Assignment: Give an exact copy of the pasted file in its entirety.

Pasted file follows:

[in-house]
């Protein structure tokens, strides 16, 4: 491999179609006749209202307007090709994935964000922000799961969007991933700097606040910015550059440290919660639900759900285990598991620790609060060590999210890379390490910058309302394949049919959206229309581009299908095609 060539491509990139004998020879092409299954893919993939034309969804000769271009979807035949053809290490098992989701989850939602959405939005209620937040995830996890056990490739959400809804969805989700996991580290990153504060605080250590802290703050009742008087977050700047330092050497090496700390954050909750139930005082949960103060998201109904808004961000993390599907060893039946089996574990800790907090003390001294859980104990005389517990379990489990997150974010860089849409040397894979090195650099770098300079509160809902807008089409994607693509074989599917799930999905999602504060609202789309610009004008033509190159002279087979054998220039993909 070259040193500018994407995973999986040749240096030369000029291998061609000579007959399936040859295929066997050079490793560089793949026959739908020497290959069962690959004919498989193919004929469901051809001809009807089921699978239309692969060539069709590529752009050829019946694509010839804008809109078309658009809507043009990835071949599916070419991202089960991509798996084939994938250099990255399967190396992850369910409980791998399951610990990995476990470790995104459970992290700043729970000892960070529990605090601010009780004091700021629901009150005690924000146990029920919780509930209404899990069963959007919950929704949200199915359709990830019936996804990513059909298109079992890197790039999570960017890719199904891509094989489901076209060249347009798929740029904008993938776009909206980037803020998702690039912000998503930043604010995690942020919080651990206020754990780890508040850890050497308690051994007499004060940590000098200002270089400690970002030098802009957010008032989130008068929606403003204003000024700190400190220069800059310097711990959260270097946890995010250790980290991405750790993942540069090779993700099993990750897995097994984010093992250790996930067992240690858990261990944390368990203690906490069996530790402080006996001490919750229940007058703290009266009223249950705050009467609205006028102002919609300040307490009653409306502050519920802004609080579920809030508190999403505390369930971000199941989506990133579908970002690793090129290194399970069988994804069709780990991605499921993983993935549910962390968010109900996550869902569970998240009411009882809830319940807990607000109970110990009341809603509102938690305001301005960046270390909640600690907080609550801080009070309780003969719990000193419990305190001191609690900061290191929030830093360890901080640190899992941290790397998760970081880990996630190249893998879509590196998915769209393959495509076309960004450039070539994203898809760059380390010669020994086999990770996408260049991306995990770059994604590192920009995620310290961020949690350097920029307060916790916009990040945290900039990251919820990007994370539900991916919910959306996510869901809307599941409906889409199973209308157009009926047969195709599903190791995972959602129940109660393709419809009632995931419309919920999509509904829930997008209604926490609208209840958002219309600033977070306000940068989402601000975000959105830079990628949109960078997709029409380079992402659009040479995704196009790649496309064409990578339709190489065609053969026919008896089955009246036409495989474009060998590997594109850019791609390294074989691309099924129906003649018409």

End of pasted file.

[in-house]
């Protein structure tokens, strides 16, 4: 491999179609006749209202307007090709994935964000922000799961969007991933700097606040910015550059440290919660639900759900285990598991620790609060060590999210890379390490910058309302394949049919959206229309581009299908095609 060539491509990139004998020879092409299954893919993939034309969804000769271009979807035949053809290490098992989701989850939602959405939005209620937040995830996890056990490739959400809804969805989700996991580290990153504060605080250590802290703050009742008087977050700047330092050497090496700390954050909750139930005082949960103060998201109904808004961000993390599907060893039946089996574990800790907090003390001294859980104990005389517990379990489990997150974010860089849409040397894979090195650099770098300079509160809902807008089409994607693509074989599917799930999905999602504060609202789309610009004008033509190159002279087979054998220039993909 070259040193500018994407995973999986040749240096030369000029291998061609000579007959399936040859295929066997050079490793560089793949026959739908020497290959069962690959004919498989193919004929469901051809001809009807089921699978239309692969060539069709590529752009050829019946694509010839804008809109078309658009809507043009990835071949599916070419991202089960991509798996084939994938250099990255399967190396992850369910409980791998399951610990990995476990470790995104459970992290700043729970000892960070529990605090601010009780004091700021629901009150005690924000146990029920919780509930209404899990069963959007919950929704949200199915359709990830019936996804990513059909298109079992890197790039999570960017890719199904891509094989489901076209060249347009798929740029904008993938776009909206980037803020998702690039912000998503930043604010995690942020919080651990206020754990780890508040850890050497308690051994007499004060940590000098200002270089400690970002030098802009957010008032989130008068929606403003204003000024700190400190220069800059310097711990959260270097946890995010250790980290991405750790993942540069090779993700099993990750897995097994984010093992250790996930067992240690858990261990944390368990203690906490069996530790402080006996001490919750229940007058703290009266009223249950705050009467609205006028102002919609300040307490009653409306502050519920802004609080579920809030508190999403505390369930971000199941989506990133579908970002690793090129290194399970069988994804069709780990991605499921993983993935549910962390968010109900996550869902569970998240009411009882809830319940807990607000109970110990009341809603509102938690305001301005960046270390909640600690907080609550801080009070309780003969719990000193419990305190001191609690900061290191929030830093360890901080640190899992941290790397998760970081880990996630190249893998879509590196998915769209393959495509076309960004450039070539994203898809760059380390010669020994086999990770996408260049991306995990770059994604590192920009995620310290961020949690350097920029307060916790916009990040945290900039990251919820990007994370539900991916919910959306996510869901809307599941409906889409199973209308157009009926047969195709599903190791995972959602129940109660393709419809009632995931419309919920999509509904829930997008209604926490609208209840958002219309600033977070306000940068989402601000975000959105830079990628949109960078997709029409380079992402659009040479995704196009790649496309064409990578339709190489065609053969026919008896089955009246036409495989474009060998590997594109850019791609390294074989691309099924129906003649018409």